By Lawrence Hoffman
In this part of our three part series, we look at a pre-Ericsson decision in In re Innovatio IP Ventures, LLC, a case involving a Patent Assertion Entity that surely earned the name “patent troll”. While it might seem reasonable to concentrate on post-Ericsson cases, there is much to be gained by looking first at the pre-Ericsson opinion of Judge James Holderman of the Northern District of Illinois in the Innovatio case. Bear in mind that he was making new law to a large degree, which he then had to apply to a complex set of facts. To me, he seems to have done a rather good job.
The plaintiff, acquired the patents in suit from Broadcom Corporation, one of the early developers of the Wi-Fi wireless technology described in Part I. The patents were all SEPs to the 802.11 Wi-Fi standard and were all subject to FRAND commitments. As part of the transaction, Broadcom received licenses under the patents.
Innovatio sent typical troll letters, not to the manufacturers, but to coffee shops and the like which provided Wi-Fi capability to its customers. The letters, of course, provided no details, and offered licenses at costs ridiculously below litigation costs. The manufactures of the equipment needed to provide Wi-Fi capability brought declaratory judgment actions in several different courts against Innovatio, and Innovatio responded with infringement actions based on the patents. Because of the numerous related cases, the so-called “multi-district litigation” procedures were invoked and the cases were transferred to the Northern District of Illinois for pretrial coordination. The case ended up before Judge Holderman.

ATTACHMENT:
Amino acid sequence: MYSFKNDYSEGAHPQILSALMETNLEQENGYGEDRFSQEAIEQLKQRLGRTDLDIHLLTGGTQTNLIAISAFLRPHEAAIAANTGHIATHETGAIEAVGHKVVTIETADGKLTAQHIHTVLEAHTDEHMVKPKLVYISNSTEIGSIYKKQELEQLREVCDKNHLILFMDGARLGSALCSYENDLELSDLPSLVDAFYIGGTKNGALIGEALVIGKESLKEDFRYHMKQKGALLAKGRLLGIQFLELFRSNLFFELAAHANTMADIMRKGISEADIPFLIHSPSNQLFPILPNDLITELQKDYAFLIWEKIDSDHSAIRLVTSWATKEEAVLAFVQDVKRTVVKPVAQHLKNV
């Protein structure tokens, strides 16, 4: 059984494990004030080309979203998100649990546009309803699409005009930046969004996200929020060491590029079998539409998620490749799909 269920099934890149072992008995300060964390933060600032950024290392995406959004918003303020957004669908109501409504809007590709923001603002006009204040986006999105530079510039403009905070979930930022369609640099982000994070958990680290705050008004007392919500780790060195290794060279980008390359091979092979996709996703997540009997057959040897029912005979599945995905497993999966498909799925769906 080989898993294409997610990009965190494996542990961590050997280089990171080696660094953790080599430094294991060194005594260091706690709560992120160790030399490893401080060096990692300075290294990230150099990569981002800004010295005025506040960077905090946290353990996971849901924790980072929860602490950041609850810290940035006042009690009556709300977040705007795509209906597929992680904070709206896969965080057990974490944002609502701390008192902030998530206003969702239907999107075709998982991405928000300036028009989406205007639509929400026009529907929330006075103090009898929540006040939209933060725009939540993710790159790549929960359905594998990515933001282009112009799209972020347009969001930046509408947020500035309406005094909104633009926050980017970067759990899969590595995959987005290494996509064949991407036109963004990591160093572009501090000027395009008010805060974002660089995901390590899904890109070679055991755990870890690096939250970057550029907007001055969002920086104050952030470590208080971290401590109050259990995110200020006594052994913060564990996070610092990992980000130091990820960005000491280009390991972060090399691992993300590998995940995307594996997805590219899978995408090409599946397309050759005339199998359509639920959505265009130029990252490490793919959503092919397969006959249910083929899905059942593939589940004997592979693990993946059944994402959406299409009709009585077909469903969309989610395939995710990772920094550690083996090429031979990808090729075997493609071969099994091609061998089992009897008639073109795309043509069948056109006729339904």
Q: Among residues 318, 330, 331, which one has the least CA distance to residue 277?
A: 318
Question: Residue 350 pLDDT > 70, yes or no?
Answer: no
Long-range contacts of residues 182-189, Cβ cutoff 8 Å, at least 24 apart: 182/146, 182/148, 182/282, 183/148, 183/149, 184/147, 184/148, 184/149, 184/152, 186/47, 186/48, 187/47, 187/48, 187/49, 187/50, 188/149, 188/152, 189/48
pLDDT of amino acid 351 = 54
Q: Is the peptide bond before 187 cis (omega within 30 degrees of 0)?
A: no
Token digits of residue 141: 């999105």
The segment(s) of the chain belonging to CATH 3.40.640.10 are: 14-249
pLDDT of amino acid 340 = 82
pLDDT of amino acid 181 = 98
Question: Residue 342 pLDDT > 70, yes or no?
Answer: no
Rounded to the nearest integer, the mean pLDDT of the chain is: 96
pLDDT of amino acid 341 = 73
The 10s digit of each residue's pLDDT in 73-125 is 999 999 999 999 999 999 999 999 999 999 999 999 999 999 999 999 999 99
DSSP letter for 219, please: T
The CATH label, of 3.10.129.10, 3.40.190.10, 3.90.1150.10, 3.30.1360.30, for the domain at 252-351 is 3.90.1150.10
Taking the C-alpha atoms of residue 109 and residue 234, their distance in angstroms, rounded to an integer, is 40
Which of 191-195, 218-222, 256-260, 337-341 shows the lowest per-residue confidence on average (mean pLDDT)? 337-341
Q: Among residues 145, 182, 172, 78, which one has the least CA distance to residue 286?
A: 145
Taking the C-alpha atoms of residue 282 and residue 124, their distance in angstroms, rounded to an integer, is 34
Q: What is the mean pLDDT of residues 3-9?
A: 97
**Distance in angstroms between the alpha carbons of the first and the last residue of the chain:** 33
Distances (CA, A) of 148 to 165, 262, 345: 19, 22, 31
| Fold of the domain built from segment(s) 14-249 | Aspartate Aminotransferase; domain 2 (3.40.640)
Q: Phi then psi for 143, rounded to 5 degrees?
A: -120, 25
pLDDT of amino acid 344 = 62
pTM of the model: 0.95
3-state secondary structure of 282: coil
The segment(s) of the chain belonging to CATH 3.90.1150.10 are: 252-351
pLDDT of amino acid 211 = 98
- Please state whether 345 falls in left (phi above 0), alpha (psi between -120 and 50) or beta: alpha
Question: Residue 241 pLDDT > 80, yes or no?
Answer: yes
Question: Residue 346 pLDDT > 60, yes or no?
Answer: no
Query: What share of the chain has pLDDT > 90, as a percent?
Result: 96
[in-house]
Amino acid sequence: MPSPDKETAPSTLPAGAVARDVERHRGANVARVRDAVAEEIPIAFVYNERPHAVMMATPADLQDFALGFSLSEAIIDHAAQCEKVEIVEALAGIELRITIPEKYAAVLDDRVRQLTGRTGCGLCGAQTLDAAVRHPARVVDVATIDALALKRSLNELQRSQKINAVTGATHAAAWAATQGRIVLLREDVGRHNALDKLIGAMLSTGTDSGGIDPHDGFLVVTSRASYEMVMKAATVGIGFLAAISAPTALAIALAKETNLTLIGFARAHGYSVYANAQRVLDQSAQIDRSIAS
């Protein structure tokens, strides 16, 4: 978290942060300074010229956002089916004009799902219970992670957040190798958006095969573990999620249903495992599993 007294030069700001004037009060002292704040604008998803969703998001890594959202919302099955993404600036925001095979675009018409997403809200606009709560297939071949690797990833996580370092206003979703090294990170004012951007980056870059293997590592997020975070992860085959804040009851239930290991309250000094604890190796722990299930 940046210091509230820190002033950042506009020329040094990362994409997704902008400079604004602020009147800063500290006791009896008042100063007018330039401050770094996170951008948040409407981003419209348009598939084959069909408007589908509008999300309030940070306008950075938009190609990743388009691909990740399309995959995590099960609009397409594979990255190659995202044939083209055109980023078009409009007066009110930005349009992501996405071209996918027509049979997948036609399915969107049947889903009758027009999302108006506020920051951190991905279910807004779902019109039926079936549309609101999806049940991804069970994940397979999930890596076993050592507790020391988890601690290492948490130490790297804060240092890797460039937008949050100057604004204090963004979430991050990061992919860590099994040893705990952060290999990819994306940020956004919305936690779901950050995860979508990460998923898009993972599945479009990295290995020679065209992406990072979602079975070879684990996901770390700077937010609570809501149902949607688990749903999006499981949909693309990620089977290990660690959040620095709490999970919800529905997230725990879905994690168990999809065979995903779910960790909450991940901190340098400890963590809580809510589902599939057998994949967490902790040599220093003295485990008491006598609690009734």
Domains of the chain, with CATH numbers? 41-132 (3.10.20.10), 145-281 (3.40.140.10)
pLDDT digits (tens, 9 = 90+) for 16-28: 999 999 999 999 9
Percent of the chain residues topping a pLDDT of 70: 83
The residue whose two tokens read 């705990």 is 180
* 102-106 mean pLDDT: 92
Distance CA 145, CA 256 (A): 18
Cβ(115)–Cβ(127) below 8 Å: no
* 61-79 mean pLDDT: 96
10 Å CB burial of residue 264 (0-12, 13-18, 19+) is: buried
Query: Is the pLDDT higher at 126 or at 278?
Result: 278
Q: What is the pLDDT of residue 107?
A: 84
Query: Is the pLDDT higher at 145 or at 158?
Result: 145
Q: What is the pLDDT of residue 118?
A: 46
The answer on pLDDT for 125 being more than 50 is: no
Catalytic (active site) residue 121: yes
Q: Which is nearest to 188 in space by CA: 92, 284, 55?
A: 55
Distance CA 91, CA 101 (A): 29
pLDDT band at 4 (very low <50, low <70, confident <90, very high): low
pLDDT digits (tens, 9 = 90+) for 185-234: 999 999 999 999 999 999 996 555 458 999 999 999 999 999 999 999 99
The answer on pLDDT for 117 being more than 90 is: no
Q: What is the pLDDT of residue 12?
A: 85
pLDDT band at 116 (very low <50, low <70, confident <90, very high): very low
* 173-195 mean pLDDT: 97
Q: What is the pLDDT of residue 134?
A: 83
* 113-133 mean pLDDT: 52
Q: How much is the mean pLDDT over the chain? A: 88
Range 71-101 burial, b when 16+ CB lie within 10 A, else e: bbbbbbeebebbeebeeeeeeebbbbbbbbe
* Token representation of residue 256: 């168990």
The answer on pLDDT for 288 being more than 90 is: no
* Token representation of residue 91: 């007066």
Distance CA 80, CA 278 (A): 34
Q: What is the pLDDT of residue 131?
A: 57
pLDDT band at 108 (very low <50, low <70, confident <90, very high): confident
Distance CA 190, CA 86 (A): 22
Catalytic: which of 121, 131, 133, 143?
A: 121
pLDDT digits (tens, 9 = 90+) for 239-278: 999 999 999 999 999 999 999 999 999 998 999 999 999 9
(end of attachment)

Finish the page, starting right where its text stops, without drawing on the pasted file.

Following discovery, the parties and the court agreed to take a detour and evaluate the potential damages available to Innovatio if the patents were found to be valid and infringed. The hope was that determining potential damages at that point would encourage settlement by allowing the parties to better evaluate the potential risks and benefits of going forward with the litigation. The full article describes how things went from that point.
We also take a look at a trial court decision in a recent FRAND case in the UK, Unwired Planet v. Huawei, also involving a PAE. It is the first UK court decision in this area. We look at several interesting general principles decided and their application to a specific set of facts and possible differences in how UK law may end up diverging from that in the U.S.
Next, we take a look at a recent decision by the Korea Fair Trade Commission (“KFTC”) which imposed an $865 Million fine and a corrective order against Qualcomm, the largest fine ever imposed by the KFTC. We will also mention briefly antitrust investigations and litigation elsewhere involving Qualcom’s licensing practices.
Finally, we note the settlement of the world-wide patent disputes between Nokia and Apple, apparently including the antitrust suit filed by Apple against Nokia and several patent assertion entities to whom Nokia sold portfolios of its patents – many of them SEPs subject to FRAND commitments.